In the aftermath of hurricane Katrina, and then the destruction of hurricane Rita scarcely one month later in the Gulf Coast region, many states formed State Animal Response Teams (SARTs).  “SARTs are interagency state organizations dedicated to preparing, planning, responding and recovering during animal emergencies in the United States. SART is a public private partnership, joining government agencies with the private concerns around the common goal of animal issues during disasters. SART programs train participants to facilitate a safe, environmentally sound and efficient response to animal emergencies on the local, county, state and federal level. The teams are organized under the auspices of state and local emergency management utilizing the principles of the Incident Command System (ICS)”. (http://www.sartusa.org/)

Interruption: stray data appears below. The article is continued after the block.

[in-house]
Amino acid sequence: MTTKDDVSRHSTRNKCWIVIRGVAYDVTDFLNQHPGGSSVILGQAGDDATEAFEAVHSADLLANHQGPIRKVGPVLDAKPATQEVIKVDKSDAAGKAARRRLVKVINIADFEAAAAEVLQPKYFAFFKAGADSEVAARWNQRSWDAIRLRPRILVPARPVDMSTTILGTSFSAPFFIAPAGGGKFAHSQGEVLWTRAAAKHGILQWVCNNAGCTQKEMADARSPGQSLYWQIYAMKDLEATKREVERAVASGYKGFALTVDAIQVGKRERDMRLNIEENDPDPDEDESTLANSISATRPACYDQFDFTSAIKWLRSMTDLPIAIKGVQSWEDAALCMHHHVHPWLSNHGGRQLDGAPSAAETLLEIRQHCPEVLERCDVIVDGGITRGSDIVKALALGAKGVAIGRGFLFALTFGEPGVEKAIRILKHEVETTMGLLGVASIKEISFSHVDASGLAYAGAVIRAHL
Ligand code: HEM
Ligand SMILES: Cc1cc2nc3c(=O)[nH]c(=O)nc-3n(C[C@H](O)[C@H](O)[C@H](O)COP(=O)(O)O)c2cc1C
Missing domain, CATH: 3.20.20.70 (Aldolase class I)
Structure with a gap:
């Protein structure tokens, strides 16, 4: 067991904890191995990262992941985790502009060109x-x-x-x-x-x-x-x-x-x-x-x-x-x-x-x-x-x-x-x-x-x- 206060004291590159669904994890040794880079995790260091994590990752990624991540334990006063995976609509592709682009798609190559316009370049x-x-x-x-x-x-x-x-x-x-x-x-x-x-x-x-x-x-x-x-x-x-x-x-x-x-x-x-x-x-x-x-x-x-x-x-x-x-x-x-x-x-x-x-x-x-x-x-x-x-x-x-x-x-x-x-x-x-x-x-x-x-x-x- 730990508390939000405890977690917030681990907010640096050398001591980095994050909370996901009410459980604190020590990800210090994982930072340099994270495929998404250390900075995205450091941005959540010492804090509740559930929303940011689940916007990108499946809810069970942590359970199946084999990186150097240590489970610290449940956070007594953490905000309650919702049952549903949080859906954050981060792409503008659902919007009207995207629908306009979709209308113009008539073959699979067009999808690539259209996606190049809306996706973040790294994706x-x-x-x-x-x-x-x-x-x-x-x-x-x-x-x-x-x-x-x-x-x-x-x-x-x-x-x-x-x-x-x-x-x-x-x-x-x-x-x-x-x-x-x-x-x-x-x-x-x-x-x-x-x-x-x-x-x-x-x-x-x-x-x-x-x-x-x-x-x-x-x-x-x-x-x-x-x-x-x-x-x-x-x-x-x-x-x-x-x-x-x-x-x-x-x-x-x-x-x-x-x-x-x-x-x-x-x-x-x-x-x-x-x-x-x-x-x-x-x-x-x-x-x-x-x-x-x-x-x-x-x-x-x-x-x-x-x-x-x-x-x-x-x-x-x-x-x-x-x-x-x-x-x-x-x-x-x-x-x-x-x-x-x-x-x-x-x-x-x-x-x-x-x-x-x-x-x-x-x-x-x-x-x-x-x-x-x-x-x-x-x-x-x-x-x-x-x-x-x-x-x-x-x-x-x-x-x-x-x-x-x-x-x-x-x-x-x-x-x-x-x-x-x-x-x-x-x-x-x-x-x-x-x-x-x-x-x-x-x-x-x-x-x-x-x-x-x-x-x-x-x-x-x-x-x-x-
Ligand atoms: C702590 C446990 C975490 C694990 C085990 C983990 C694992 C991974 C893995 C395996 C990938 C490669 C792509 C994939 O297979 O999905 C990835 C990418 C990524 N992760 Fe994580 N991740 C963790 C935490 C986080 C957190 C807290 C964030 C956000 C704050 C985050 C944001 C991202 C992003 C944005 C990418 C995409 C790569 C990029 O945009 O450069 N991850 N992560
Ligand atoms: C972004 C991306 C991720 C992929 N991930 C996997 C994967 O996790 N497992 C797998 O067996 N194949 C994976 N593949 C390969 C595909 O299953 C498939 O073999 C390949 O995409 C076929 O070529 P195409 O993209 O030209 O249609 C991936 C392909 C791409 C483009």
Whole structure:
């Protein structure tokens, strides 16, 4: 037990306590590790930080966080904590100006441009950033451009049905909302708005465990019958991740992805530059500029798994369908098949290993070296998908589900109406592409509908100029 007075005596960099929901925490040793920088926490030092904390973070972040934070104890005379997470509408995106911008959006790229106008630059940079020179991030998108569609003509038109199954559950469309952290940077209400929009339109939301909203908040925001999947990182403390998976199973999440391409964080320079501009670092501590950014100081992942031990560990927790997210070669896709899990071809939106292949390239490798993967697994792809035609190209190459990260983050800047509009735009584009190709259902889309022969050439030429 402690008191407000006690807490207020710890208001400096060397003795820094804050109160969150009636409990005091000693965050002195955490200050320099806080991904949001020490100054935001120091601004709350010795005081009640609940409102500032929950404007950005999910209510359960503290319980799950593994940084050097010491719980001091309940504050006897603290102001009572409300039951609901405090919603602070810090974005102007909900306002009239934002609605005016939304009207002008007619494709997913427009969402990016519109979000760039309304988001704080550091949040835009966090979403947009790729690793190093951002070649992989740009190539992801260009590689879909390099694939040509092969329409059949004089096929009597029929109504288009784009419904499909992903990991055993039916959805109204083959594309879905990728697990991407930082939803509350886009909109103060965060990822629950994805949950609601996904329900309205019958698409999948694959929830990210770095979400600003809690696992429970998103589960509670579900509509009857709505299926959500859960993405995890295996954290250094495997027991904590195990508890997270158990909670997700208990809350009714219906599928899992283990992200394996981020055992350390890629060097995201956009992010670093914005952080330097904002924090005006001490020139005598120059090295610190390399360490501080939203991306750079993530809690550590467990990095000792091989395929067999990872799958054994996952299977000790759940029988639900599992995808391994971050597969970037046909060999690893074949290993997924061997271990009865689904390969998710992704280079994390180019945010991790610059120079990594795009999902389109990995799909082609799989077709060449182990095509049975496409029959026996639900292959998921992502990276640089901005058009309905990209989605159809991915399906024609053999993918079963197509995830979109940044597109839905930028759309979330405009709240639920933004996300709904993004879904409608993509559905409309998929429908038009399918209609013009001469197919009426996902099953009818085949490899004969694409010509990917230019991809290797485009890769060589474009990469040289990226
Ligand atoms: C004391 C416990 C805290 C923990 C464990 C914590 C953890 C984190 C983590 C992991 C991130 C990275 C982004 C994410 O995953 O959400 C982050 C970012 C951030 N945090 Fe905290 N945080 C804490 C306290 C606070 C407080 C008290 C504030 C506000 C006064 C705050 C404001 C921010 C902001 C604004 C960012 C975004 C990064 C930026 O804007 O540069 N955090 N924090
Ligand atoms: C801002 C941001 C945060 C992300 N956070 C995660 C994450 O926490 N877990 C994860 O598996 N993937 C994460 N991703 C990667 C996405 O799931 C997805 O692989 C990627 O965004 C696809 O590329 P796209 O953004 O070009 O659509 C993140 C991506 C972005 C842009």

Many communities formed Community Animal Response Teams (CARTs) so that local residents can receive ongoing training in animal rescue and have a say in the response to disasters in their neighborhoods.  Between statewide teams, the grassroots development of community teams and the passage of the Pet Evacuation Bill, including pets and service animals in emergency planning and preparation is now not only doable, but mandated by federal law. 

Ties to Philanthropic Sector

A quick glance at the pages of Guidestar, a resource for hundreds of thousands of donors and charitable organizations, yields over 18,000 registered nonprofits whose mission is to provide disaster and emergency response.  From the American Red Cross, to Habitat for Humanity to the American Society for the Prevention of Cruelty to Animals, to local Community Animal Response Teams, there is much opportunity for lessons and engagement with the philanthropic community.

Key Related Ideas